Department of Health, 2009: Use of Resources in Adult Social Care: a guide for local authorities.
The supply-side failures referred to in paragraph 5.25 are the under-provision of insurance coverage and higher prices for those who do take out insurance. Insurance companies wishing to offer insurance for personal care will make an assessment of the likelihood that people will require such services and offer a product at a price based on the average probability of need.
People who view themselves as being at a low risk of needing personal care will not be attracted by an insurance product at an average price and would only buy one at a low price. Those who see themselves as high risk will see an insurance product offered at a price based on the average probability as good value for money and are likely to purchase it.
As a result, insurance companies are aware that an average priced policy will adversely select high-risk customers and so do not offer it. They may offer products at a higher price to reflect the higher risk of customers they do attract. In an extreme case, this could result in complete market collapse as the remaining customers respond to higher prices by deciding not to purchase insurance. In response, insurance companies raise prices further and eventually there are no purchasers left.
In addition, insurance companies and individuals may make a different assessment of the risk of a person needing personal care, owing to their having less information about a person’s risk than the individual themselves.
Insurance companies may respond to the problem by attempting to gather information about customers to set individually tailored prices to their products. Gathering information is costly and insurance companies pass this on through higher premiums. This can be compounded if the pool of customers taking insurance becomes smaller as insurance companies have to spread their fixed costs over a small number of people, further raising the price that customers have to pay.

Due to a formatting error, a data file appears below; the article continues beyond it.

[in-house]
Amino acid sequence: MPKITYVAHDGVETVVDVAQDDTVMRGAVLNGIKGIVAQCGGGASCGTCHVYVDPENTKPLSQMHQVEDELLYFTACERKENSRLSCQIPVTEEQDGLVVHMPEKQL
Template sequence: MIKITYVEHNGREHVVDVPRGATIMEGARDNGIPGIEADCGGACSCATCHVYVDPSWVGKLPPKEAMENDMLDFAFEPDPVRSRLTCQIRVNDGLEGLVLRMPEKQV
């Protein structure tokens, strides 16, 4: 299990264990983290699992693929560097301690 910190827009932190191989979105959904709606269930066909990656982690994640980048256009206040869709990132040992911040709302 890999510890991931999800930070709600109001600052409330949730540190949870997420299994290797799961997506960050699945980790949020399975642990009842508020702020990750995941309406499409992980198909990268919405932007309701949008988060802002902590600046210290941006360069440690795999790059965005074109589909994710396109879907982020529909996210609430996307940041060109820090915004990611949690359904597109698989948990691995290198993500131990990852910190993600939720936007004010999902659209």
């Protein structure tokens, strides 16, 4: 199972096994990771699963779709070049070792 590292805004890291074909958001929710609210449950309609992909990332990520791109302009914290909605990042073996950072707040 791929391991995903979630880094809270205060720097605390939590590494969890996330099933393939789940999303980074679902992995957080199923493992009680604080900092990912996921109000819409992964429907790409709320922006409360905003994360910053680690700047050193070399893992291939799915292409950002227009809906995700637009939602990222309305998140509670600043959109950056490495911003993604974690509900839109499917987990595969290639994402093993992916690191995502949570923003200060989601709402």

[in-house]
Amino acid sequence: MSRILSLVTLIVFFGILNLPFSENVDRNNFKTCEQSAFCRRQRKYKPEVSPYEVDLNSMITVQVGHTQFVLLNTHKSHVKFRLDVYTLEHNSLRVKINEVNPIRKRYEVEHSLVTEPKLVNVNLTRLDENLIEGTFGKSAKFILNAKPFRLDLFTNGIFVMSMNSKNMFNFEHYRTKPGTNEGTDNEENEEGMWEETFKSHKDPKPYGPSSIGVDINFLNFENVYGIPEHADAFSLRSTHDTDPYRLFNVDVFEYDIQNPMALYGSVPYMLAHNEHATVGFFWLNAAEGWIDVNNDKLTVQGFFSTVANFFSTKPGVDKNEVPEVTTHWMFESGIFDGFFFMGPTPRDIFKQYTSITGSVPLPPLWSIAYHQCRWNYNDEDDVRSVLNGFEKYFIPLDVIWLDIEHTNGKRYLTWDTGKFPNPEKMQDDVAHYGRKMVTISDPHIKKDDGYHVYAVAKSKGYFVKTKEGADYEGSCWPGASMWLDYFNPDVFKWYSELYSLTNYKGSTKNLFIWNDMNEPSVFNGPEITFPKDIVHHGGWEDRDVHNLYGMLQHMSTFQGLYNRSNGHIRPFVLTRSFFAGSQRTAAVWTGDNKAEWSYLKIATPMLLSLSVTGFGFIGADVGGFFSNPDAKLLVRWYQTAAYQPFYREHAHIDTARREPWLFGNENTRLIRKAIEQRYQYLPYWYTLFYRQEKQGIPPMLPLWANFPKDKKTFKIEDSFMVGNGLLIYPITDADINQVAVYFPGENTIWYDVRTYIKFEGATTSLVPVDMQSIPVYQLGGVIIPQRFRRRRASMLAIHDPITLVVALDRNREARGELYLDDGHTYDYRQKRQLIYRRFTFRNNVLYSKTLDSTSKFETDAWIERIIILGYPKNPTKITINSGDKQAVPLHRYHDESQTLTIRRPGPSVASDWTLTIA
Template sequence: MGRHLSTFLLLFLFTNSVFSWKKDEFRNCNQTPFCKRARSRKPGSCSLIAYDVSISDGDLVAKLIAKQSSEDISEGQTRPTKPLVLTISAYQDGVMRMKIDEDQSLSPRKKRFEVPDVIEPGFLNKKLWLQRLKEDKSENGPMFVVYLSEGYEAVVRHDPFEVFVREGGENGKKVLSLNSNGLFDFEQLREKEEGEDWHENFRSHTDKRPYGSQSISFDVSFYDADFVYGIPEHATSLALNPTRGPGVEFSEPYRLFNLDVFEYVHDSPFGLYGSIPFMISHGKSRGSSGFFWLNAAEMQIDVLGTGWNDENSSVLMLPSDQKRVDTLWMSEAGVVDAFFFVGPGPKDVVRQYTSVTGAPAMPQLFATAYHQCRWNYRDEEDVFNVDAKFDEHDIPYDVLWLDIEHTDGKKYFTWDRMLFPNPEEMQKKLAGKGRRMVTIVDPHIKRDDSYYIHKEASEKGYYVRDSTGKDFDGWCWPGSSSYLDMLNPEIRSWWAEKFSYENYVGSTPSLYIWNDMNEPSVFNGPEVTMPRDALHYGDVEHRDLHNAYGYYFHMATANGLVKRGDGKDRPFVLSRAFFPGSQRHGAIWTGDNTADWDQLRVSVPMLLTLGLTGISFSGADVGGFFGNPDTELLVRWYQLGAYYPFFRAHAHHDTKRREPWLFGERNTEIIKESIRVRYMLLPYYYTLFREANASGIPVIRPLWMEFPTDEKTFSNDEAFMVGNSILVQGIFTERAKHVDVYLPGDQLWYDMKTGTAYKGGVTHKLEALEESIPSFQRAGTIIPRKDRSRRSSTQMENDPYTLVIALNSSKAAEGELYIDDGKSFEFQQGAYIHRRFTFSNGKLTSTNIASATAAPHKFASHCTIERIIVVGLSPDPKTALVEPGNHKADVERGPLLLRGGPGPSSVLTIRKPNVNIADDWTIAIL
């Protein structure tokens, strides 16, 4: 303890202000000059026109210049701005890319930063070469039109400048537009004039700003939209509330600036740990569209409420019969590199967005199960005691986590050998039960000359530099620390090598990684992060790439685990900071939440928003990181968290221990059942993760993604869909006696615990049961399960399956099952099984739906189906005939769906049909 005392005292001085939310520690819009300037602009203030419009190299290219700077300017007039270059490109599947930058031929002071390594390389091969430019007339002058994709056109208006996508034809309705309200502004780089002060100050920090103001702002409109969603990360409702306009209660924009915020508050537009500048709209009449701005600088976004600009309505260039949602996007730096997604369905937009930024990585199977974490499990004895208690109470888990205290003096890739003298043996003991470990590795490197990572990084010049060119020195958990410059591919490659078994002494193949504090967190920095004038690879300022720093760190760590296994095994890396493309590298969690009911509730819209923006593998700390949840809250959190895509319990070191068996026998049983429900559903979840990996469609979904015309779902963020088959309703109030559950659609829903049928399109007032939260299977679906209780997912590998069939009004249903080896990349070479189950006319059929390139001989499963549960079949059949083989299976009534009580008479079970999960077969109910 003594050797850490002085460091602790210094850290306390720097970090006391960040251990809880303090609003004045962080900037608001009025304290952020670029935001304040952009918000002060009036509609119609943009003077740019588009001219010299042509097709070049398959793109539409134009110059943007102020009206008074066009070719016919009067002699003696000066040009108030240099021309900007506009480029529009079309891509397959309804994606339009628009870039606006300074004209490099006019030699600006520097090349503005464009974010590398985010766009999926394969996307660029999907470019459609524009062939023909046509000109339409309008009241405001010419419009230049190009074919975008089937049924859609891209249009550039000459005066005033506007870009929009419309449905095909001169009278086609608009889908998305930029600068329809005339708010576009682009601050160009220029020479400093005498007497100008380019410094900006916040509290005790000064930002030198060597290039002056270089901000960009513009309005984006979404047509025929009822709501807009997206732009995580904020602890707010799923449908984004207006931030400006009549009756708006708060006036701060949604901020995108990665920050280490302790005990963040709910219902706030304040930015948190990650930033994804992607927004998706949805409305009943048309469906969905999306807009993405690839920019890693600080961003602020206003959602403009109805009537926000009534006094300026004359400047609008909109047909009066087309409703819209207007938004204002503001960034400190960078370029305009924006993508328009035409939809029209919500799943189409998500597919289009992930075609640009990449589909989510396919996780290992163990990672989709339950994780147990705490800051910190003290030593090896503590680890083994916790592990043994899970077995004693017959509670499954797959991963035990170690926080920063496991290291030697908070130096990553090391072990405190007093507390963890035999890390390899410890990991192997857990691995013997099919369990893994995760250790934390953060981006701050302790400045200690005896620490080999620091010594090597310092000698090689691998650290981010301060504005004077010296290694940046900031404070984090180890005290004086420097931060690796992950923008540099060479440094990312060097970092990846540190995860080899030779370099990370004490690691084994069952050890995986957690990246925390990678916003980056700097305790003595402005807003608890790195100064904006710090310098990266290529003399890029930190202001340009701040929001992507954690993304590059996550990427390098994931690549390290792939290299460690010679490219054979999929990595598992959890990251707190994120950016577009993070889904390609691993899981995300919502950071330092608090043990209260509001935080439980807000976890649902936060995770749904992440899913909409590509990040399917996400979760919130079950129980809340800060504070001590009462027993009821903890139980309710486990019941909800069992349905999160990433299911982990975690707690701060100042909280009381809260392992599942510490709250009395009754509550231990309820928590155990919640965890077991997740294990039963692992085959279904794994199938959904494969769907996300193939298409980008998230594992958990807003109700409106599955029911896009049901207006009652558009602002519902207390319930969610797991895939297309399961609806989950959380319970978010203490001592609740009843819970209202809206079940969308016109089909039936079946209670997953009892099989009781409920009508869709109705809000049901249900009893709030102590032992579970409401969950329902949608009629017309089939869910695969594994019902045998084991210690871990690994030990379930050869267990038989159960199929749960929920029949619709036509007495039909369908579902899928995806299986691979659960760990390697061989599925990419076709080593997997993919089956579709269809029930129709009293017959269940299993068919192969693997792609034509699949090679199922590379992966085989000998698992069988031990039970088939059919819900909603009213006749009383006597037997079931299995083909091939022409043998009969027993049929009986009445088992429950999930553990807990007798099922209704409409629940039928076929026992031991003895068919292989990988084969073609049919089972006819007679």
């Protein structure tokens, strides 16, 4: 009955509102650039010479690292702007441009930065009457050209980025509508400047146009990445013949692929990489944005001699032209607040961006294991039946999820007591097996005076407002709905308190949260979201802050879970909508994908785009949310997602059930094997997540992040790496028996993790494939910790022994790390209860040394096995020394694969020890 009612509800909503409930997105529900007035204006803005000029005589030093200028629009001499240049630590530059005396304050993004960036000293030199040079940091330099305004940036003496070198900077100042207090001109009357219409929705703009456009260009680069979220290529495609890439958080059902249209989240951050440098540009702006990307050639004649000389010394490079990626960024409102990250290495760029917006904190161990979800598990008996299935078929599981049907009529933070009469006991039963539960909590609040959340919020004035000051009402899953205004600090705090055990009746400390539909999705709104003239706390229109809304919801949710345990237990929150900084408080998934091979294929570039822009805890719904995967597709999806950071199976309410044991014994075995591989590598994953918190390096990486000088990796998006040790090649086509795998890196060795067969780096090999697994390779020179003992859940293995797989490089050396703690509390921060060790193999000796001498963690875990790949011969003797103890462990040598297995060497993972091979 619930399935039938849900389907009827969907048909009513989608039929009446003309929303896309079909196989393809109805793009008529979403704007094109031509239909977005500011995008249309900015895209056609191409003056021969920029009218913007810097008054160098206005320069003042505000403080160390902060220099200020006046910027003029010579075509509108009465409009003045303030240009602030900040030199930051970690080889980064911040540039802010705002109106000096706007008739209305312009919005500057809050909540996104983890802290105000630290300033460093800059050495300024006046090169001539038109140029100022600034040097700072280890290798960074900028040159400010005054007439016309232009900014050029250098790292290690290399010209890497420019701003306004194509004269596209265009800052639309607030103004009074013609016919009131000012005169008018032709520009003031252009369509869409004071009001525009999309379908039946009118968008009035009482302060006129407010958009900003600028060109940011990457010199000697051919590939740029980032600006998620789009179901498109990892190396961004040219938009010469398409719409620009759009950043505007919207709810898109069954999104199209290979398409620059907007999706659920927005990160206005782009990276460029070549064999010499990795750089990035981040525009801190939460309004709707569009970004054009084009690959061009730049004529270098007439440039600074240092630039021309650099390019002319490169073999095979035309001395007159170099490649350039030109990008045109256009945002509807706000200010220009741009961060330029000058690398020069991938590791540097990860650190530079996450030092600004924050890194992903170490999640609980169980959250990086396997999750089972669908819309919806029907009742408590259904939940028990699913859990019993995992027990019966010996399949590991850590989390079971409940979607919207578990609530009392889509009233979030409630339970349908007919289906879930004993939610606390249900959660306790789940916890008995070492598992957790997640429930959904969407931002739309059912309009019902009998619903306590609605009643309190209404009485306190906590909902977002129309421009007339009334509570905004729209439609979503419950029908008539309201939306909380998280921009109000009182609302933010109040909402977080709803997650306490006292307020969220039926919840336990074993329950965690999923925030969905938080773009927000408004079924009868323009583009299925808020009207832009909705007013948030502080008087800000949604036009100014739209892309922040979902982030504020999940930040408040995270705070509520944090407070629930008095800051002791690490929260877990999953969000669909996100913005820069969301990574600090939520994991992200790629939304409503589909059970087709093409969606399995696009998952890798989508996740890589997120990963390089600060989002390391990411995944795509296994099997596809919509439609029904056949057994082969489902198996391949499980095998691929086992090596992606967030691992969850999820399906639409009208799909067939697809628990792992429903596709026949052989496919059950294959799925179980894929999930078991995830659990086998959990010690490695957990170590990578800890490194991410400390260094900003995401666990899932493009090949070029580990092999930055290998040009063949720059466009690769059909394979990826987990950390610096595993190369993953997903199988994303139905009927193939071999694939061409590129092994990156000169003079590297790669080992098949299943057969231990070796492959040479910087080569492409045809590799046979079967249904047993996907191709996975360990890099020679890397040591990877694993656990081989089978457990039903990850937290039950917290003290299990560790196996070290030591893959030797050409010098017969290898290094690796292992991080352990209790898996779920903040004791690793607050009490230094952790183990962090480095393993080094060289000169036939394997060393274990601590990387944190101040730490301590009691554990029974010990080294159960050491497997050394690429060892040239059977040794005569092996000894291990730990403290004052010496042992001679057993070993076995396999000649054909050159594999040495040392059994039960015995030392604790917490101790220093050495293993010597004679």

The costs associated with increasing numbers of assessments have been included in the administrative component of Table 2 in the impact assessment. In the absence of firm data on this, we have assumed that the average cost of an assessment is £200 and that 135,000 extra individuals will be assessed per year, giving an overall cost estimate of £27 million per year, as shown in Table 2 of the impact assessment. This has been included in the estimate overall annual costs of £670 million per year in 2011-12 prices.
Paragraph 5.25 of the impact assessment discusses the lack of a private insurance market for personal care services and the reasons why this may be the case. One of the reasons for this may be that individuals believe that the welfare state acts as a safety net for them and so they do not need to make provision for themselves. The Government have not attempted to quantify this specifically.
The factors taken into account are set out in the impact assessment, which was published with the current consultation document, “Personal Care at Home: a consultation on proposals for regulations and guidance”. Both documents are available on the Department’s website at:
Copies have already been placed in the Library.
As set out in the impact assessment, the research undertaken in the English Longitudinal Study of Aging identifies the potential number of people living at home who may qualify for free personal care.
The impact assessment discusses a range of benefits of the proposals. One benefit is the distributional effect of providing free personal care to those in highest need, the beneficiaries of which are a sub-section of the population. A second benefit is the extension of Government-provided insurance to cover free personal care to those in highest need. The population as a whole derives a benefit from the extension as people know with certainty they will receive free personal care if they find themselves in need, as set out in the proposal.
Paragraph 7.5 of the impact assessment sets out current thinking. An equality impact assessment screening has been undertaken and published with the consultation document, “Personal care at home: a consultation on proposals for regulations and guidance”. Both documents are available on the Department’s website at:
Copies have already been placed in the Library.
A full equality impact assessment will be undertaken prior to the implementation of the policy.
None. As we said in the Green Paper “Shaping the future of care and support together”, if we reform disability benefits, anyone receiving an affected benefit at the time of reform would continue to receive the equivalent level of support and protection.
Our working assumptions in the financial modelling have consistently been that nobody will experience a cash loss as a result of the reforms.